(response to a request to describe what I think Laruelle’s “one good idea” actually is)
Laruelle’s thinking sets off from a description of the decision schema, which he claims characterises “philosophy” in general: you split the world into representation (“transcendental”) and represented (“immanence”), posit a necessary relationship – of correlation or exchangeability – between the two, and reflect that relationship within the representation. That closes the loop of “auto-position”: your posit is necessary, because it posits its own necessity. (It’s a bit like Bible-bashers quoting 2 Timothy 3:16 at you as proof that the Bible is true). The representation then appears as “sufficient”, because it controls on its own terms the relationship between itself and that which it represents.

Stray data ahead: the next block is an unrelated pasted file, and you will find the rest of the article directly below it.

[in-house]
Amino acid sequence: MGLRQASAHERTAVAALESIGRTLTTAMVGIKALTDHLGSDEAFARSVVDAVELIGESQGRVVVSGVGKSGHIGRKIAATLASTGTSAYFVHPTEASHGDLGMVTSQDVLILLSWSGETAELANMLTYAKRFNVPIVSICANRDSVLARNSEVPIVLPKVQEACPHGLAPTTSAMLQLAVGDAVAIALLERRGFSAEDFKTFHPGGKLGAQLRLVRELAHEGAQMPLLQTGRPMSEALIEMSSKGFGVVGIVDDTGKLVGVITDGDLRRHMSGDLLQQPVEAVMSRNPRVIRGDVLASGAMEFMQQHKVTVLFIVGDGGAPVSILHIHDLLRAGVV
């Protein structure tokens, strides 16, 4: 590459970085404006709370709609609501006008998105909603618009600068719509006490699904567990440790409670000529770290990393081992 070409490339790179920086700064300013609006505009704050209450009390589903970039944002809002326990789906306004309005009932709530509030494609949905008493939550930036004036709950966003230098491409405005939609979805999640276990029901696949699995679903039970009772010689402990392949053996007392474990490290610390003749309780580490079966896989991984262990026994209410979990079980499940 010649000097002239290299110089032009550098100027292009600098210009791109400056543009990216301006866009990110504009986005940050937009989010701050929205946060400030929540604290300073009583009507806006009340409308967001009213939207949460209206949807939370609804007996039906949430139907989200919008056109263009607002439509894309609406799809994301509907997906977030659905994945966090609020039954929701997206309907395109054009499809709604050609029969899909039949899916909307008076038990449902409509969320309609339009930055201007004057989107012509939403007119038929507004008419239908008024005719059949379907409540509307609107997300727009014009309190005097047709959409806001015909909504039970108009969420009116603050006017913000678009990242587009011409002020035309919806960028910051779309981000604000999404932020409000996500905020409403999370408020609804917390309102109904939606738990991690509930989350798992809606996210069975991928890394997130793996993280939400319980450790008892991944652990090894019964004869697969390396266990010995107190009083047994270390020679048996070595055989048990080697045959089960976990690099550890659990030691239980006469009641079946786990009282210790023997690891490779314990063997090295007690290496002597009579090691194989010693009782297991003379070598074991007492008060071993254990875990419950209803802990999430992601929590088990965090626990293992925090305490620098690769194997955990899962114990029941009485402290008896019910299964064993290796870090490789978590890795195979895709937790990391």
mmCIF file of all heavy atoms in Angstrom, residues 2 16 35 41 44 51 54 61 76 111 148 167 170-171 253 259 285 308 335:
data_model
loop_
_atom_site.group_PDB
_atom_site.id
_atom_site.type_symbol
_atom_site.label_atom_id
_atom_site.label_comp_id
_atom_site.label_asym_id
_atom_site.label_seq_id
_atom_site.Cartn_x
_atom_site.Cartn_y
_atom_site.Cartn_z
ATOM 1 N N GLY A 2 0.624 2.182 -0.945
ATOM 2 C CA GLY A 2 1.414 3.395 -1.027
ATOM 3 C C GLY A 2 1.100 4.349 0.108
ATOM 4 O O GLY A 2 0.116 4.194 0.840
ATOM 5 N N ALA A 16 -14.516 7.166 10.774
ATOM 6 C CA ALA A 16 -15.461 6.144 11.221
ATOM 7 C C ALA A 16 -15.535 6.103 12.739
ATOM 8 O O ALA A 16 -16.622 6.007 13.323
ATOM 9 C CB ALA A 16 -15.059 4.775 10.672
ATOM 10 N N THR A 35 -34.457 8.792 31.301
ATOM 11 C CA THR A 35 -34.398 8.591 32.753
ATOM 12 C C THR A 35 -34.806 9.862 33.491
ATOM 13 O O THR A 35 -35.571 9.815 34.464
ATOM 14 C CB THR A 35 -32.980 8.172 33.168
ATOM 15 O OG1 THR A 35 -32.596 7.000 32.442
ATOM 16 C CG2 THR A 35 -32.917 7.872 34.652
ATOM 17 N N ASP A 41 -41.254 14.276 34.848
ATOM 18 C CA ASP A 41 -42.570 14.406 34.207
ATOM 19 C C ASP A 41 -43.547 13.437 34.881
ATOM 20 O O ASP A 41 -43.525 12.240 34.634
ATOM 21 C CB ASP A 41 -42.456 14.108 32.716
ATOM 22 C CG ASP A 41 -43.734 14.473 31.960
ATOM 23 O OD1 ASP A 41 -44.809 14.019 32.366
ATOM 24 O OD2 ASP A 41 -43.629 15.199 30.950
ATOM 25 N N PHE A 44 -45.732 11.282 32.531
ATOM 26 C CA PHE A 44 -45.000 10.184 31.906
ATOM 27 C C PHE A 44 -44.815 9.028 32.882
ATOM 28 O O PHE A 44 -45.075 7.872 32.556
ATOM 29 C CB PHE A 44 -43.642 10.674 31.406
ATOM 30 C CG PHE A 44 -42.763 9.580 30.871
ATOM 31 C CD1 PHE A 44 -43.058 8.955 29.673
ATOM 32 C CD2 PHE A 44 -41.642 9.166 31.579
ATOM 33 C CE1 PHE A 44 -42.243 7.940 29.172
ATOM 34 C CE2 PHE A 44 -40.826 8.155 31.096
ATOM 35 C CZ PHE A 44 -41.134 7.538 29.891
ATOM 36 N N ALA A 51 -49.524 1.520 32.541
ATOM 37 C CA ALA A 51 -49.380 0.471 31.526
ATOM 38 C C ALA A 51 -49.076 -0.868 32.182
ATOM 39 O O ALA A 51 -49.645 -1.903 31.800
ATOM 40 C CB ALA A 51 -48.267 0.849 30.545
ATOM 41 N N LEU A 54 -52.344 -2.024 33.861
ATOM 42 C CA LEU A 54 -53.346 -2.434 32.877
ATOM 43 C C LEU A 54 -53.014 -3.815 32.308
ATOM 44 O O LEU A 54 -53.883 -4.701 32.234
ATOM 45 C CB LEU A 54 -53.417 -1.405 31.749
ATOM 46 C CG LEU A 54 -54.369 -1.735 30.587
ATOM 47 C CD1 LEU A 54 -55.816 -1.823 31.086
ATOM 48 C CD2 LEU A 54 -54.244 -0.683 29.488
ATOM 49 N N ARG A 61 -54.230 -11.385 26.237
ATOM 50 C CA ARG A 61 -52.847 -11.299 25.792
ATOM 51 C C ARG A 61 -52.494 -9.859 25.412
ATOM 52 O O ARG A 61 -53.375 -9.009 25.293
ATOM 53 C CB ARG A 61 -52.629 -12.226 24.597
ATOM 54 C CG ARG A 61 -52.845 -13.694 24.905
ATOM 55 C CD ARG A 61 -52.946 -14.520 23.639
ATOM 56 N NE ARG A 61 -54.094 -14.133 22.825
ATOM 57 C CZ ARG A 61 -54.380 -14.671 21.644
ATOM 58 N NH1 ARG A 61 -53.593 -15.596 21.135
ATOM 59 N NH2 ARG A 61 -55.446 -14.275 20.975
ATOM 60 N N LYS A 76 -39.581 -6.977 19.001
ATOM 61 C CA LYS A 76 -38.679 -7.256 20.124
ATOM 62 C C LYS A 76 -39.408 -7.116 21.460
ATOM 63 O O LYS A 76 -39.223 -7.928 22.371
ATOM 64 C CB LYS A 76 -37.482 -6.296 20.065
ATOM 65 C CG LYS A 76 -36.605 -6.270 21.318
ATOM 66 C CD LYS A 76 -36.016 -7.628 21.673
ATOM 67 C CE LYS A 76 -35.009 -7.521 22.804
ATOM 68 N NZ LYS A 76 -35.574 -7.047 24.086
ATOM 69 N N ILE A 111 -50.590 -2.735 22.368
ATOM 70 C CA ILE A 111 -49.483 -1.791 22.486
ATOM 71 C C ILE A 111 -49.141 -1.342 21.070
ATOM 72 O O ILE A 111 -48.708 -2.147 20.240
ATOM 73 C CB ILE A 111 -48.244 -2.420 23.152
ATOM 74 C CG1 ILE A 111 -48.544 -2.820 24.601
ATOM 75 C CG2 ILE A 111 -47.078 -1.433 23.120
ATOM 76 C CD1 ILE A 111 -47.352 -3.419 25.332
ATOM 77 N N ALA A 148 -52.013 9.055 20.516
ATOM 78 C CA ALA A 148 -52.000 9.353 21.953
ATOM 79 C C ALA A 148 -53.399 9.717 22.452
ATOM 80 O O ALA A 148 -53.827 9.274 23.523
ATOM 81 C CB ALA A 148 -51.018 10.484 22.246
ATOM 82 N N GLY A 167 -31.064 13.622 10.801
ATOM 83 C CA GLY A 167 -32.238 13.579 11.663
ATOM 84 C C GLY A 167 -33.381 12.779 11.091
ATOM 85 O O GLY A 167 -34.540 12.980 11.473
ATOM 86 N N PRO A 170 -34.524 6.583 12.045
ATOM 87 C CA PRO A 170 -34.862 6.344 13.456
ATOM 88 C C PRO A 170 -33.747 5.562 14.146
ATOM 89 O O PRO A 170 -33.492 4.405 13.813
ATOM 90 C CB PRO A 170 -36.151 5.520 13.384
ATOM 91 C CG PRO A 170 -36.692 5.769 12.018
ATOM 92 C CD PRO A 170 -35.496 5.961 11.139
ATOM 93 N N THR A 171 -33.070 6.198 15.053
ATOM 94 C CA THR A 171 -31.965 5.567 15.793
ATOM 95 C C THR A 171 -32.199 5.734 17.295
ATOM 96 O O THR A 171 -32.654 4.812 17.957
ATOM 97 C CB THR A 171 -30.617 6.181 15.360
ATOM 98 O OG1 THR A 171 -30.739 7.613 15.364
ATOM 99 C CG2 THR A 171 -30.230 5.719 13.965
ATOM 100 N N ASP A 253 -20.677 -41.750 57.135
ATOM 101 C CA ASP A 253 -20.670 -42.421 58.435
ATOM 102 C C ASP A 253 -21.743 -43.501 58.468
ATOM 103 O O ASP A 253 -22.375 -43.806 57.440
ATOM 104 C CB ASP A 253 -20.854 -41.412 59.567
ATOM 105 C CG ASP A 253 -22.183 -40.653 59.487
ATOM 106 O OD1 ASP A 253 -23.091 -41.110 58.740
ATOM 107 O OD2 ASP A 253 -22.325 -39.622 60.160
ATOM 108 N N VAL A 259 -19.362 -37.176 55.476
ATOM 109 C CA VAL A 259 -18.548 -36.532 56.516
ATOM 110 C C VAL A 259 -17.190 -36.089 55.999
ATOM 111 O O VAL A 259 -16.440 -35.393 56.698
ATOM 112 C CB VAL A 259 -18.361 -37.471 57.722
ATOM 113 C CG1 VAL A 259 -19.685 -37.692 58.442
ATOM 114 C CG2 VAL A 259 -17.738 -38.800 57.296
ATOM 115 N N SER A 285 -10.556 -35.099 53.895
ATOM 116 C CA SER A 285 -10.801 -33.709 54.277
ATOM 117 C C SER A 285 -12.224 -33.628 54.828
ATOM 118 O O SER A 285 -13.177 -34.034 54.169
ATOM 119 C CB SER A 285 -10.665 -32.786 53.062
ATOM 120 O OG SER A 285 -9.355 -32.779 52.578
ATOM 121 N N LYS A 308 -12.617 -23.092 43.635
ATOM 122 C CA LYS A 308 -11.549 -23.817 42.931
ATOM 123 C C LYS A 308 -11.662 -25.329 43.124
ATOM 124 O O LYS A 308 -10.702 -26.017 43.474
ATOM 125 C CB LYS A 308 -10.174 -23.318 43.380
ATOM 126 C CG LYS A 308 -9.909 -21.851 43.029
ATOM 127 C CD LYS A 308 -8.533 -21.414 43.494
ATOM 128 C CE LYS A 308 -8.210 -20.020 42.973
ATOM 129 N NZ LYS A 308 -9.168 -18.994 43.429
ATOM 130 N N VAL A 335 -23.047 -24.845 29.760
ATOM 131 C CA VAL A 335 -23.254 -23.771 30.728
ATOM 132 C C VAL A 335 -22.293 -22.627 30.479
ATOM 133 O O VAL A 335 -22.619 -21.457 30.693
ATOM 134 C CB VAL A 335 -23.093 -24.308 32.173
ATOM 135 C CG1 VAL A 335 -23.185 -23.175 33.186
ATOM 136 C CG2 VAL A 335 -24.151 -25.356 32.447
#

Laruelle’s Good Idea is that you can “suspend” that schema, by substituting a different posit: the relationship between any representation and the Real is unilateral and non-representable, so you can’t reflect that relationship in a self-authorising, sufficient way. That then changes the status of philosophical “decisions”: they no longer have the status of contending claims to sufficient truth, but are instead instances of a particular structure of thought that can be analysed in a non-decisional way on the basis of this alternative posit.
This is where it ought to get interesting, but doesn’t. Laruelle stipulates that a non-philosophical “theory” or “science” of philosophy should exist, but what he actually comes up with largely consists of repeating that stipulation.